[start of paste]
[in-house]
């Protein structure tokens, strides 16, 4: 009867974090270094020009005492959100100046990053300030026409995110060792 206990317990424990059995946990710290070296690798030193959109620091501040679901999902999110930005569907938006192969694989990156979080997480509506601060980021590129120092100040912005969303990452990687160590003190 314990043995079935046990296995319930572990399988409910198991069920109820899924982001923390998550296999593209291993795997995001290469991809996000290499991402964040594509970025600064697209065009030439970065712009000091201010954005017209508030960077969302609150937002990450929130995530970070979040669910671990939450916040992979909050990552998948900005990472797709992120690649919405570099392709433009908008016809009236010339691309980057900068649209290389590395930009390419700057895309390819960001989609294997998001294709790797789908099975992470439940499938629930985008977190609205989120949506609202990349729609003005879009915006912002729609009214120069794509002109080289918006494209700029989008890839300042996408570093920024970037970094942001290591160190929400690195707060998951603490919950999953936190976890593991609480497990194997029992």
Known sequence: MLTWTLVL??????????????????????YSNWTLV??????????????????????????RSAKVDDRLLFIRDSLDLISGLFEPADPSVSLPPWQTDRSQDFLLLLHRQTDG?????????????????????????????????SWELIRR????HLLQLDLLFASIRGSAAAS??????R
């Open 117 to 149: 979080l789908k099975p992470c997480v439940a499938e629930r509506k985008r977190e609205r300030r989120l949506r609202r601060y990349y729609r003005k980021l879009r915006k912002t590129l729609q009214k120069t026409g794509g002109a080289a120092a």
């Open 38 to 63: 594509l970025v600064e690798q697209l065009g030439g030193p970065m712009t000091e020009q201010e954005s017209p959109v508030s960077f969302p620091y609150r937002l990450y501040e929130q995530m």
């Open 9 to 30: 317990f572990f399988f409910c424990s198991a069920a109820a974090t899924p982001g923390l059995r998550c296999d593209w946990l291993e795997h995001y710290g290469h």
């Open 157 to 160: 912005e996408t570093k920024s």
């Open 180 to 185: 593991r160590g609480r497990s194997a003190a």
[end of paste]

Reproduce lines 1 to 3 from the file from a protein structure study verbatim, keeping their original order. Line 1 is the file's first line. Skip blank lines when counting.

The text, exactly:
[in-house]
């Protein structure tokens, strides 16, 4: 009867974090270094020009005492959100100046990053300030026409995110060792 206990317990424990059995946990710290070296690798030193959109620091501040679901999902999110930005569907938006192969694989990156979080997480509506601060980021590129120092100040912005969303990452990687160590003190 314990043995079935046990296995319930572990399988409910198991069920109820899924982001923390998550296999593209291993795997995001290469991809996000290499991402964040594509970025600064697209065009030439970065712009000091201010954005017209508030960077969302609150937002990450929130995530970070979040669910671990939450916040992979909050990552998948900005990472797709992120690649919405570099392709433009908008016809009236010339691309980057900068649209290389590395930009390419700057895309390819960001989609294997998001294709790797789908099975992470439940499938629930985008977190609205989120949506609202990349729609003005879009915006912002729609009214120069794509002109080289918006494209700029989008890839300042996408570093920024970037970094942001290591160190929400690195707060998951603490919950999953936190976890593991609480497990194997029992």
Known sequence: MLTWTLVL??????????????????????YSNWTLV??????????????????????????RSAKVDDRLLFIRDSLDLISGLFEPADPSVSLPPWQTDRSQDFLLLLHRQTDG?????????????????????????????????SWELIRR????HLLQLDLLFASIRGSAAAS??????R